Financial highlights
Under the terms of the transaction, Lundbeck will make an upfront payment of USD 147 million (or approximately DKK 780 million) immediately upon closing of the transaction. The transaction will reduce the royalty range paid to a third party on Xenazine from approximately 65-72% to approximately 40-47%, and the acquisition is therefore expected to be immediately accretive to Lundbeck's EBIT. The transaction will be financed using currently available cash resources. The acquisition price of LifeHealth will be booked as "Product rights" under intangible assets in Lundbeck's balance sheet and will be amortised with approximately DKK 90 million annually and DKK 45 million in 2009.

Lundbeck financial guidance
Lundbeck is maintaining the financial guidance for 2009. The acquisition of LifeHealth will have a positive impact on EBITDA and to a low degree EBIT. For 2009 Lundbeck expects an EBITDA of DKK 3.5-3.7 billion and following the acquisition of LifeHealth Lundbeck expects EBITDA to be in the higher end of the interval for 2009.

About LifeHealth Limited
LifeHealth, based in Berkshire, United Kingdom, was established in
February 1995. The company holds certain rights to tetrabenazine in
17 countries throughout the world.

About Xenazine (tetrabenazine)
Xenazine is the first and only FDA-approved therapy for the treatment
of chorea associated with Huntington's disease. Xenazine was approved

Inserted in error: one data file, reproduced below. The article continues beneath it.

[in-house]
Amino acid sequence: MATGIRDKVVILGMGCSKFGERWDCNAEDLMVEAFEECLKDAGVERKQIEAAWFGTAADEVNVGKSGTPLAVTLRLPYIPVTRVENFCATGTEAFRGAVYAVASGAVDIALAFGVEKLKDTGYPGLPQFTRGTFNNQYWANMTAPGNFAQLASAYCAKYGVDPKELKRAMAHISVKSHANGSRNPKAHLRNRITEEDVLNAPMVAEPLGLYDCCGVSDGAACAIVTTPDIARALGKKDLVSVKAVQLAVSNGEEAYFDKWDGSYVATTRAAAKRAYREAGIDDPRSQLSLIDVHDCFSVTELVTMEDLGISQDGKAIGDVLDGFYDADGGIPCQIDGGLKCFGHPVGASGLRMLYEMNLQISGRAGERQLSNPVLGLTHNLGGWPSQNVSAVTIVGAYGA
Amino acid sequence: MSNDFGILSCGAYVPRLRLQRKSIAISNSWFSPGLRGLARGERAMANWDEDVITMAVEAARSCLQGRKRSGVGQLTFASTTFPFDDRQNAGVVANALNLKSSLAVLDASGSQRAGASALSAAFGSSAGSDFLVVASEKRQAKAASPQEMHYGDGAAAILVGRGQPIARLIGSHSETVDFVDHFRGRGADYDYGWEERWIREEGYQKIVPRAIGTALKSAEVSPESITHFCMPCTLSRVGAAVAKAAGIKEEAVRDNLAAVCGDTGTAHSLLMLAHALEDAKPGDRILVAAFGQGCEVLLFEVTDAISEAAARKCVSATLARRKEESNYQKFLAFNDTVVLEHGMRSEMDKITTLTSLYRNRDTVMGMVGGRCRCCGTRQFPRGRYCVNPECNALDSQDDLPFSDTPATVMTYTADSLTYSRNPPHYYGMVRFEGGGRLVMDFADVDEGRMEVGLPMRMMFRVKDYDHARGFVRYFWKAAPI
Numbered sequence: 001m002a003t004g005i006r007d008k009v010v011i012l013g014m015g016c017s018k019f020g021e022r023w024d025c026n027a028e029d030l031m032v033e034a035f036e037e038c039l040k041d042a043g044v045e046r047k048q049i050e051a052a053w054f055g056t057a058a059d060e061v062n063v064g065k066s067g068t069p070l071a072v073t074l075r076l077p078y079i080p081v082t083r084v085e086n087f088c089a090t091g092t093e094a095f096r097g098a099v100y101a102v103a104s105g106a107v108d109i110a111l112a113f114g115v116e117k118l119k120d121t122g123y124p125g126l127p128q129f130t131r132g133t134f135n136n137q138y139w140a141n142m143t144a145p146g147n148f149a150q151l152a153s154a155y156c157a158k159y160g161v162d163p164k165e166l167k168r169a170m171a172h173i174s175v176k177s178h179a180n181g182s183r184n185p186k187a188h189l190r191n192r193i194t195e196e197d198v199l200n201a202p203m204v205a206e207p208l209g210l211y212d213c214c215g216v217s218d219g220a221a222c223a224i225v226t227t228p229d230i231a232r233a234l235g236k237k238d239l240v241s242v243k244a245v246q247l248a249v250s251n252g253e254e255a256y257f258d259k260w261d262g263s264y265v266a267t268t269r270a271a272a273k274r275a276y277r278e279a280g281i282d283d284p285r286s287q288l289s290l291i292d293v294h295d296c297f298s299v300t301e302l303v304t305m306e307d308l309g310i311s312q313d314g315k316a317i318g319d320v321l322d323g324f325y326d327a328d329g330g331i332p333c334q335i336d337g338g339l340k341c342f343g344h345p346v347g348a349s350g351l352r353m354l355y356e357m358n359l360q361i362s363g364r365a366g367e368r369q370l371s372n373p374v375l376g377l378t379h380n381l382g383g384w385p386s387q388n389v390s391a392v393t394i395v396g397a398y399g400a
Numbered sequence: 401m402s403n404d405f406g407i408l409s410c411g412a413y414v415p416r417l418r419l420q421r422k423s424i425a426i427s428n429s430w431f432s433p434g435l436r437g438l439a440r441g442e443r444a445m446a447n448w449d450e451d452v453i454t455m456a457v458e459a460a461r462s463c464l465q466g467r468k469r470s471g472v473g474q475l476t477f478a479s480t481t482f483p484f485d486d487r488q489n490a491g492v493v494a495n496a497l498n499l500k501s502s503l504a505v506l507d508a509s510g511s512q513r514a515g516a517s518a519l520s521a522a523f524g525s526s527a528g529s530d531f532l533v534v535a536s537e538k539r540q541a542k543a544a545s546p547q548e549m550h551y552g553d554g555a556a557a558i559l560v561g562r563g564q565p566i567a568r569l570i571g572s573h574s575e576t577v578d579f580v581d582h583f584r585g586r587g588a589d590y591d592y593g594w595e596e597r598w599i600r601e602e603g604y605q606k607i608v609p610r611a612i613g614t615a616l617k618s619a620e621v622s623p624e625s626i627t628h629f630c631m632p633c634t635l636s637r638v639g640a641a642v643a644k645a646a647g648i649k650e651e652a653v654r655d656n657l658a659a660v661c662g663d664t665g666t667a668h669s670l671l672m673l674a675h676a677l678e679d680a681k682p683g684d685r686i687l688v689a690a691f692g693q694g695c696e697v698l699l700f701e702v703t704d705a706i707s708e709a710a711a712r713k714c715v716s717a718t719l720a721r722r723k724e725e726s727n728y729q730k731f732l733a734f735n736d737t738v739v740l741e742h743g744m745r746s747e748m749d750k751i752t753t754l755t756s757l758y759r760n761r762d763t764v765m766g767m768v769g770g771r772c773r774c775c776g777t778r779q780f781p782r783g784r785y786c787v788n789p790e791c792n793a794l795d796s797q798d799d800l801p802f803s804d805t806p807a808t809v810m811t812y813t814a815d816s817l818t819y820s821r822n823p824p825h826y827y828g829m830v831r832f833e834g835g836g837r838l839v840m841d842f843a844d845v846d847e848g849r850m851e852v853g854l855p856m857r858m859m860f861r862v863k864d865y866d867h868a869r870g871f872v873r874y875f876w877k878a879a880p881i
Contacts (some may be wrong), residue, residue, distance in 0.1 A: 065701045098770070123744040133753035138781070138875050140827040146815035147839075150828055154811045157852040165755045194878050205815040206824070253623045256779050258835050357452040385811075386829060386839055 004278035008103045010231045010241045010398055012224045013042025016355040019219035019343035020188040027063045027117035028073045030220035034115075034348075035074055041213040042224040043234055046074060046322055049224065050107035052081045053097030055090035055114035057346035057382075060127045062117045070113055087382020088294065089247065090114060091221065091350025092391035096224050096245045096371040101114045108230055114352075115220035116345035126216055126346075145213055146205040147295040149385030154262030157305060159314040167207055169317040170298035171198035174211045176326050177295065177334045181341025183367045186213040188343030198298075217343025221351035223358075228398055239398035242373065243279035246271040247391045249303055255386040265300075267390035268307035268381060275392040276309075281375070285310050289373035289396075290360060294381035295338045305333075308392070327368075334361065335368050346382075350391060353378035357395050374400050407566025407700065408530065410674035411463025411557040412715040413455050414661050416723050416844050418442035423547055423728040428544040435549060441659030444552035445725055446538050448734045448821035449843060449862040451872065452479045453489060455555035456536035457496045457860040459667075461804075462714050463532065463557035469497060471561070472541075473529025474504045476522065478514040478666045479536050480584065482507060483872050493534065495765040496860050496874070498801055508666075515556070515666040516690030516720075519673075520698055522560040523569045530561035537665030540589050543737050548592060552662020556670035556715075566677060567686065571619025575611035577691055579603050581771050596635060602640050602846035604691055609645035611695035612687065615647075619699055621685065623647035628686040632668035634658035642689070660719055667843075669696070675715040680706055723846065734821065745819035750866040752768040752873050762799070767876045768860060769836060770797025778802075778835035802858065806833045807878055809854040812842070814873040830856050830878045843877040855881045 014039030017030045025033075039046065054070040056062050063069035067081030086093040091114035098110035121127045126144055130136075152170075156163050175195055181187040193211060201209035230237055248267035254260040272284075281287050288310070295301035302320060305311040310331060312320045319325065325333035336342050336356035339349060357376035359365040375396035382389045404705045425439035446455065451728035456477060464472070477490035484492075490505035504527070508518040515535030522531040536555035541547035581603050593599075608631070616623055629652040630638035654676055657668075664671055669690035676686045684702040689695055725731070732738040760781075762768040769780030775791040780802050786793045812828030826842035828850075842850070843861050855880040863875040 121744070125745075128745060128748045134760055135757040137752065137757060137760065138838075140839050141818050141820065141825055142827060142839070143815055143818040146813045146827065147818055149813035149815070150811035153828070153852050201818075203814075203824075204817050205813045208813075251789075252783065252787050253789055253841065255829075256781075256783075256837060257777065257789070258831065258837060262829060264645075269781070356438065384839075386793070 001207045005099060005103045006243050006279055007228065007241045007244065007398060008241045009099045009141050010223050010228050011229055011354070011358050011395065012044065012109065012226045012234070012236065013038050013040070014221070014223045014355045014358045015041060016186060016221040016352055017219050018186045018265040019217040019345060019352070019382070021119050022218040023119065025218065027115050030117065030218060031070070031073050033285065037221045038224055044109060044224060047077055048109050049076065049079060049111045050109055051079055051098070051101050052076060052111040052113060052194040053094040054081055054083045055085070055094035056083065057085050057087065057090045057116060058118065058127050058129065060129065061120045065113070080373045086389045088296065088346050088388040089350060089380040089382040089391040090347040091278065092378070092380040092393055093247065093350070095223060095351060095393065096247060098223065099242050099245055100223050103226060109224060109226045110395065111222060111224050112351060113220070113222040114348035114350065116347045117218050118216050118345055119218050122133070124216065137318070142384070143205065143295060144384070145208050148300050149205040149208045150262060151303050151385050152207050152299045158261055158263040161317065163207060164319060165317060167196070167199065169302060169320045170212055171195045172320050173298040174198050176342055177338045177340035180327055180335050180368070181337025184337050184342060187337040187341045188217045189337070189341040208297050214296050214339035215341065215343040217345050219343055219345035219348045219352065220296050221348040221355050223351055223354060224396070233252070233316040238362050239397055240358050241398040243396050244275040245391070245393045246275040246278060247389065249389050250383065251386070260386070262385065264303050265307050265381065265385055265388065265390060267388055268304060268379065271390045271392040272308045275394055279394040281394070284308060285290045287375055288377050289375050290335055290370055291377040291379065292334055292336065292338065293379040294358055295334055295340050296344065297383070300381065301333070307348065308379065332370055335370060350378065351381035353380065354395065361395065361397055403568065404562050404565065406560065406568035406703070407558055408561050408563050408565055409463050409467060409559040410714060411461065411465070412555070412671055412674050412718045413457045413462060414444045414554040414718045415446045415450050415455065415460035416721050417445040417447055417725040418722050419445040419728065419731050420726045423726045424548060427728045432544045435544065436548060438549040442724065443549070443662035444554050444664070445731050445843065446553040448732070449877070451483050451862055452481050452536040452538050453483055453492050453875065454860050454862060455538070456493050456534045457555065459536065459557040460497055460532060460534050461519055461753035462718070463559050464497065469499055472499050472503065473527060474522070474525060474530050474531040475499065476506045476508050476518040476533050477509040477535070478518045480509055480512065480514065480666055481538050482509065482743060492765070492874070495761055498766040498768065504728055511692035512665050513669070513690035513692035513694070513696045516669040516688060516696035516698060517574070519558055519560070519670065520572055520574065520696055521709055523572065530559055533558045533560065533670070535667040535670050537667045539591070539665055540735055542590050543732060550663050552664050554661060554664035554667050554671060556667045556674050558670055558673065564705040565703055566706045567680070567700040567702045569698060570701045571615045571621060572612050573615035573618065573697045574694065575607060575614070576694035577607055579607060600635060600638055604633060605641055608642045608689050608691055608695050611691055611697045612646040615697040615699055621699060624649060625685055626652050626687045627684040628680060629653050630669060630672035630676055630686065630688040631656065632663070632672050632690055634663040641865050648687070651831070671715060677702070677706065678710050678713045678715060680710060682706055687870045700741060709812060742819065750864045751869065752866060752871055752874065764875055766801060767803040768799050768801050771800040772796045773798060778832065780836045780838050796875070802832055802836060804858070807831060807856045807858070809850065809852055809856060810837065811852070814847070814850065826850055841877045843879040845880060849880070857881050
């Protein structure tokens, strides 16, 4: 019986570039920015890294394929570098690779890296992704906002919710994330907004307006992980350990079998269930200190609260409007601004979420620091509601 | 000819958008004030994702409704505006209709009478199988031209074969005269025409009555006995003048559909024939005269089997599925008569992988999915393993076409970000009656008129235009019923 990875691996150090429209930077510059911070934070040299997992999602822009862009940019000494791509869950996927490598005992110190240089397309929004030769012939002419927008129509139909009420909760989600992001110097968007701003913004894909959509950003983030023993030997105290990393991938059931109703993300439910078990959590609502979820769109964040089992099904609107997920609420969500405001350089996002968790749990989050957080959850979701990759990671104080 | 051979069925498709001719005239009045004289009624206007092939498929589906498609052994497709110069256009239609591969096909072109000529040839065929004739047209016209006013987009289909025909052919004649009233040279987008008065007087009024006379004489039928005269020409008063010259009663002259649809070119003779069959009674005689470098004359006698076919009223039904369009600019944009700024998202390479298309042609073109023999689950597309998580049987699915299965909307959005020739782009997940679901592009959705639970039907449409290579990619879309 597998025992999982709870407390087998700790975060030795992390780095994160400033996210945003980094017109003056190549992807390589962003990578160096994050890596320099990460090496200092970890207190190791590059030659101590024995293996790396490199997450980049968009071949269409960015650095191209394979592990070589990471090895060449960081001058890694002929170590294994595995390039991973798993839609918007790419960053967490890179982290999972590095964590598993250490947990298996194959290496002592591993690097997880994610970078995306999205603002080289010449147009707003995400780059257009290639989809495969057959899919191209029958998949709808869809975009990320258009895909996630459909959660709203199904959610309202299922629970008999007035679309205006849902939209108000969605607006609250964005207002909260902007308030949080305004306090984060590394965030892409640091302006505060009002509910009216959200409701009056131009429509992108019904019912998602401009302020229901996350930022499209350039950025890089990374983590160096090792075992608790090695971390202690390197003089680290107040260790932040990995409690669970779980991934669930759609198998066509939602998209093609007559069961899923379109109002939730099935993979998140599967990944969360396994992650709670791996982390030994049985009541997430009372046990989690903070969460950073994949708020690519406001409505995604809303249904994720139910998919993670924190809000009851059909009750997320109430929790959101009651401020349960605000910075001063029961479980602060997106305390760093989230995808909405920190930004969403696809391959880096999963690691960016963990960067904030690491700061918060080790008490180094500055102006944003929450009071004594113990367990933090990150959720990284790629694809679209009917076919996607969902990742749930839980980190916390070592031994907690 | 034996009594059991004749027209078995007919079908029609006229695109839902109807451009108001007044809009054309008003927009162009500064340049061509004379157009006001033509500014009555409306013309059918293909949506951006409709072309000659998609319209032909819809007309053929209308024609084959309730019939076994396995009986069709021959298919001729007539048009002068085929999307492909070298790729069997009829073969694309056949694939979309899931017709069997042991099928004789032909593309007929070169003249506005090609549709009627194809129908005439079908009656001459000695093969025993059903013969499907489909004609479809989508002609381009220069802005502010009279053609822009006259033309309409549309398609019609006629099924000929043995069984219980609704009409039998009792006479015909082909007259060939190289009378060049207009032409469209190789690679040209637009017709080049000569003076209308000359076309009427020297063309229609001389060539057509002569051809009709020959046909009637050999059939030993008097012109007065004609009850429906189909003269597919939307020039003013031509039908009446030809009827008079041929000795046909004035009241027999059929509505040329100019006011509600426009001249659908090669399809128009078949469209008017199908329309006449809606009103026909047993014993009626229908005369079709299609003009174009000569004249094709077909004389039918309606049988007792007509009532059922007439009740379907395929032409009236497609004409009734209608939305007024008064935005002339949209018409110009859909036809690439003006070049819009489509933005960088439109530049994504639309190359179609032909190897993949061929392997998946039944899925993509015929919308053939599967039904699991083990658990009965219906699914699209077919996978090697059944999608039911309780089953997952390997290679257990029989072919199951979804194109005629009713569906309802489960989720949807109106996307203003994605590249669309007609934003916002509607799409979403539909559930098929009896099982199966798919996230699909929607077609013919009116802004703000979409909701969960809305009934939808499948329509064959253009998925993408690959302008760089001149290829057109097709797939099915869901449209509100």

by the FDA in August 2008 and was launched by Lundbeck Inc. in
November 2008. Xenazine was granted Orphan Drug status from the FDA,
providing seven years of market exclusivity.

About chorea associated with Huntington's disease
Chorea is the most common symptom of Huntington's disease, which
affects approximately 20,000 to 25,000 people in the U.S. It is
characterized by jerky, involuntary movements throughout the body,
often appearing as writhing, twisting and turning in a constant,
uncontrollable dance-like motion. As chorea progresses, the
involuntary movements worsen, making it difficult for individuals to
carry out voluntary movements associated with daily living, such as
speaking, eating and dressing. Over time, chorea presents an
increasing safety risk to Huntington's disease patients, often
resulting in the need for assistance and supervision, and even
institutionalisation. Currently, there is no known cure for